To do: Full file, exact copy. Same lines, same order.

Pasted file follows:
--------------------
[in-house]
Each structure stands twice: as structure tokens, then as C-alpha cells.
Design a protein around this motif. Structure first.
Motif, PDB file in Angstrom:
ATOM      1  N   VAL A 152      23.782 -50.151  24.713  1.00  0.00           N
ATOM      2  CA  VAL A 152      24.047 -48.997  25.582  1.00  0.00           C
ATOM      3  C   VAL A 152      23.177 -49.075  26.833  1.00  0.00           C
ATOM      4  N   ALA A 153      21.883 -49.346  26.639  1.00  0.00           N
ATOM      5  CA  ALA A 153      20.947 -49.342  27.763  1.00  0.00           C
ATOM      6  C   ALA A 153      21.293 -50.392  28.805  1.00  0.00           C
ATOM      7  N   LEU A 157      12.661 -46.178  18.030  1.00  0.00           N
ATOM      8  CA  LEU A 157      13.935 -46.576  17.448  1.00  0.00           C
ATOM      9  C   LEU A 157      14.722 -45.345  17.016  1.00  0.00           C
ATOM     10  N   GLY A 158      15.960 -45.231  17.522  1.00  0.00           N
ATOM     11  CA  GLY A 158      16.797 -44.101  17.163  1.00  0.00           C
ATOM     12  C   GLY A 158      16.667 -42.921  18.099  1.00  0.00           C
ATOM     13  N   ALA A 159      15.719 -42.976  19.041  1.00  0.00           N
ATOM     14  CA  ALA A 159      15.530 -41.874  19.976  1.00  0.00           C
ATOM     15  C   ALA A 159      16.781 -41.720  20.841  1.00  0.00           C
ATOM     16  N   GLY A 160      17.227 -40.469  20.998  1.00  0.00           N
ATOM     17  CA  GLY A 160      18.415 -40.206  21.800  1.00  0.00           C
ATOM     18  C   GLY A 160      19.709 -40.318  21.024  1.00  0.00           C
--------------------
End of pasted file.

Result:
[in-house]
Each structure stands twice: as structure tokens, then as C-alpha cells.
Design a protein around this motif. Structure first.
Motif, PDB file in Angstrom:
ATOM      1  N   VAL A 152      23.782 -50.151  24.713  1.00  0.00           N
ATOM      2  CA  VAL A 152      24.047 -48.997  25.582  1.00  0.00           C
ATOM      3  C   VAL A 152      23.177 -49.075  26.833  1.00  0.00           C
ATOM      4  N   ALA A 153      21.883 -49.346  26.639  1.00  0.00           N
ATOM      5  CA  ALA A 153      20.947 -49.342  27.763  1.00  0.00           C
ATOM      6  C   ALA A 153      21.293 -50.392  28.805  1.00  0.00           C
ATOM      7  N   LEU A 157      12.661 -46.178  18.030  1.00  0.00           N
ATOM      8  CA  LEU A 157      13.935 -46.576  17.448  1.00  0.00           C
ATOM      9  C   LEU A 157      14.722 -45.345  17.016  1.00  0.00           C
ATOM     10  N   GLY A 158      15.960 -45.231  17.522  1.00  0.00           N
ATOM     11  CA  GLY A 158      16.797 -44.101  17.163  1.00  0.00           C
ATOM     12  C   GLY A 158      16.667 -42.921  18.099  1.00  0.00           C
ATOM     13  N   ALA A 159      15.719 -42.976  19.041  1.00  0.00           N
ATOM     14  CA  ALA A 159      15.530 -41.874  19.976  1.00  0.00           C
ATOM     15  C   ALA A 159      16.781 -41.720  20.841  1.00  0.00           C
ATOM     16  N   GLY A 160      17.227 -40.469  20.998  1.00  0.00           N
ATOM     17  CA  GLY A 160      18.415 -40.206  21.800  1.00  0.00           C
ATOM     18  C   GLY A 160      19.709 -40.318  21.024  1.00  0.00           C